The private party who is determining "distribution and marketing" is hiring a camera operator and an editor, and IF there is any potential liability, it should lie with them - probably a need for a fair use exemption or a "reasonable fee" of some sort there as well... but if we're talking about a limited not for profit event...

The grey area is where somehow that event becomes of more widespread interest or value... but how often does THAT happen??

If event/wedding video has a flaw as a business, it's that "repeat customers" are few and far between (at least you'd like to hope so), and the end product has a shorter lifespan than a fruitfly, except for maybe a handful of people who will watch it more than once. The likelyhood it will surpass sales of even the worst box office bomb is virtually nil. The "value" of any infringement is probably next to nothing in practical terms, thus why we are all scratching our heads!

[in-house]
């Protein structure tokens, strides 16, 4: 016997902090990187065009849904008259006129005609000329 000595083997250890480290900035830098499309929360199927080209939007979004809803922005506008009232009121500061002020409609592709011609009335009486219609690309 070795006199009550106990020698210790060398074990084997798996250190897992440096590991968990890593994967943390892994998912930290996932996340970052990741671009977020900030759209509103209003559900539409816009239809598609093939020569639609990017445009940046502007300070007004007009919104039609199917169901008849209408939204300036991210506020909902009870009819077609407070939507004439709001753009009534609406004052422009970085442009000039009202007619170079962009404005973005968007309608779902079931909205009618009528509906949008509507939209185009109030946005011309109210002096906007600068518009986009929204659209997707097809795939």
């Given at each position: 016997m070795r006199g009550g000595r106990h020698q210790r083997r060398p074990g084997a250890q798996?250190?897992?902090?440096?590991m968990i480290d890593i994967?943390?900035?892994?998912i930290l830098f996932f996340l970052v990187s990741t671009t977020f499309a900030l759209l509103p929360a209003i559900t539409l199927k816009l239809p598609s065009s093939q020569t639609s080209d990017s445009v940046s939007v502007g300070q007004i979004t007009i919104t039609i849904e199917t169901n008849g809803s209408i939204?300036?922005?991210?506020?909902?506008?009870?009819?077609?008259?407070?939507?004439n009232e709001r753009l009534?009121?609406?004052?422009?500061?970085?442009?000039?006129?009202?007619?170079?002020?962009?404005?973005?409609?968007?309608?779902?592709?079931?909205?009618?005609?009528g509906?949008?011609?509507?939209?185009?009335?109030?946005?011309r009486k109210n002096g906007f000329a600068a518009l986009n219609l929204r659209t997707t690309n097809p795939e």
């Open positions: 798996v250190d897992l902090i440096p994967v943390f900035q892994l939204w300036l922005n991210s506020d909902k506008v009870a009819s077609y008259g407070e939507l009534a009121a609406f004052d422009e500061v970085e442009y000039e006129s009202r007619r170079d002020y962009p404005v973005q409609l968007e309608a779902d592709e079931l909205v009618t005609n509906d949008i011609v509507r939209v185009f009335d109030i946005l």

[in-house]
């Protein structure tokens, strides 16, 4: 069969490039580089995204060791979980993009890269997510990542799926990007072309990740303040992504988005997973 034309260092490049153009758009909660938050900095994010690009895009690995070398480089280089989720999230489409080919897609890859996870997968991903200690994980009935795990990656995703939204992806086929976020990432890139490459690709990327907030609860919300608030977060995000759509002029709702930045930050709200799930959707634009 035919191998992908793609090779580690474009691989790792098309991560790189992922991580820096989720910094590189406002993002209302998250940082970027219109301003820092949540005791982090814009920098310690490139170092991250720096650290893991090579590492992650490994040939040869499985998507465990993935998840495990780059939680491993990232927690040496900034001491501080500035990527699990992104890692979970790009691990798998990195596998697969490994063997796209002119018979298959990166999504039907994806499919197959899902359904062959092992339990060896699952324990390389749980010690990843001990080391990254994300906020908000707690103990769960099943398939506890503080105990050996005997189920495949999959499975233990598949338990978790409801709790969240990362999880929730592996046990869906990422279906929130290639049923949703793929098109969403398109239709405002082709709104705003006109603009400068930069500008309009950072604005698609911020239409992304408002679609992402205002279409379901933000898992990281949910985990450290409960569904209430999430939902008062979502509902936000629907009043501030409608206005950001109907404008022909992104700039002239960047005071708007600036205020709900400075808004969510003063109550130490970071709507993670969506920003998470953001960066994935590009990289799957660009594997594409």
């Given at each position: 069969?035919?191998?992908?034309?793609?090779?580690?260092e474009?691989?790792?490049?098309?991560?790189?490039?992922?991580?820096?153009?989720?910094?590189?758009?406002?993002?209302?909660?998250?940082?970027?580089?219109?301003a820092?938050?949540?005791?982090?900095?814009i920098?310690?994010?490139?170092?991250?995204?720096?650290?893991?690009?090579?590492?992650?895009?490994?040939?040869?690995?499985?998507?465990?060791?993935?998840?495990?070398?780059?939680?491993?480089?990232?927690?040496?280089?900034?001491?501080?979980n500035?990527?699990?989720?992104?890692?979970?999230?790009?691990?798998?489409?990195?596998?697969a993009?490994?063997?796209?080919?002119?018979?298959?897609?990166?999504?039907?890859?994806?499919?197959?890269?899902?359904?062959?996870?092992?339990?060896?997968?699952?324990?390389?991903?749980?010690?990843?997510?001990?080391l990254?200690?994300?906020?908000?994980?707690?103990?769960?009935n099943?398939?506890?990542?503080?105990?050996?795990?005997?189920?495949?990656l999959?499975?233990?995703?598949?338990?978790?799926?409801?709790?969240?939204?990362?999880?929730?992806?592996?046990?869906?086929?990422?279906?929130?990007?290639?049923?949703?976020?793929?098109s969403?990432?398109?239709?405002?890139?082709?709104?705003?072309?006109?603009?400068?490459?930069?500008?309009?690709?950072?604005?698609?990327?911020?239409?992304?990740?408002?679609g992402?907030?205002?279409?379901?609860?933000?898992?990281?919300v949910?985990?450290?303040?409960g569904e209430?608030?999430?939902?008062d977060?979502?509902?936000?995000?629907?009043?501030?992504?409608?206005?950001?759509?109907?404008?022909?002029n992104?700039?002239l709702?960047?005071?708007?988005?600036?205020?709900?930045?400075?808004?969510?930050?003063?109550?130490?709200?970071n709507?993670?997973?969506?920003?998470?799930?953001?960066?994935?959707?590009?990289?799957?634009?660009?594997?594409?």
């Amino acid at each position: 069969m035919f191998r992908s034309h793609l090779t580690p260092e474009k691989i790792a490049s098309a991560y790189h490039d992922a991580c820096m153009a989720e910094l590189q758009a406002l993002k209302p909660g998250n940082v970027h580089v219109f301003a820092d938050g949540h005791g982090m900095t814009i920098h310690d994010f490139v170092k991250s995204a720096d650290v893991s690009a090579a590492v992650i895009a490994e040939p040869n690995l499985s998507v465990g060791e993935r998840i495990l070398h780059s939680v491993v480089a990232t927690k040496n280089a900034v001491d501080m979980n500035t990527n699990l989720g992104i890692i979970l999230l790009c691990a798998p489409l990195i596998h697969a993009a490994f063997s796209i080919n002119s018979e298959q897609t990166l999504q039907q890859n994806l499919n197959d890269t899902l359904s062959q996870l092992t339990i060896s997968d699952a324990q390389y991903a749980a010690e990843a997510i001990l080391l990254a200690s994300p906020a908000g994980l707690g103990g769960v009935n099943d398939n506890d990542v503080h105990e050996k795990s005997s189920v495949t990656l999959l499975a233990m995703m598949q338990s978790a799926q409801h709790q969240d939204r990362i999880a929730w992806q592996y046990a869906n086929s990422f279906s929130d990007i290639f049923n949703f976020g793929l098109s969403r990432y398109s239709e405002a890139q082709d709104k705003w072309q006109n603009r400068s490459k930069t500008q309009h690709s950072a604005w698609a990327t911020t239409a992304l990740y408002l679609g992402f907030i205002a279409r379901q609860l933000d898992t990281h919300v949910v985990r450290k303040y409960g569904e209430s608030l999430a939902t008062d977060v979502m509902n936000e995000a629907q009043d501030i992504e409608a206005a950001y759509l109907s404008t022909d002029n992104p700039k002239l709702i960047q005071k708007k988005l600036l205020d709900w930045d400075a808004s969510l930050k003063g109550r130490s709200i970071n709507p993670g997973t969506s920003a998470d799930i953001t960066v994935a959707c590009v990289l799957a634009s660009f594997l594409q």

The "commercial" value is in the recording and editing of the event for those few people, not in distribution of someone else's copyrighted work by any stretch of the imagination. With the cost of technology coming down, you increasingly must compete with "free" unless you've got some chops, there's not a lot of room for a legal team to go negotiate clearances... and yet there is demand for someone better than Uncle Bob... and maybe a familiar tune... so what to do...?

IP law has some major challenges/changes ahead to address the realities of the digital media age - no one could have envisioned the revolution that is still underway, and it's probably on par with the "industrial revolution"...

One unique aspect of law, it can and does change and adapt over time, usually because of needed changes and concerned citizens making enough noise to get someone to pen a bill and tack it on the back end of a budget measure or something <wink> - probably how Sonny Bono got it through...

The key is in figuring out a way to keep the wheels of commerce turning at least somewhat smoothly in the meantime, which ultimately should create profit for ALL the legitimate business people... but that would be common sense. Law and sausages are somewhat different.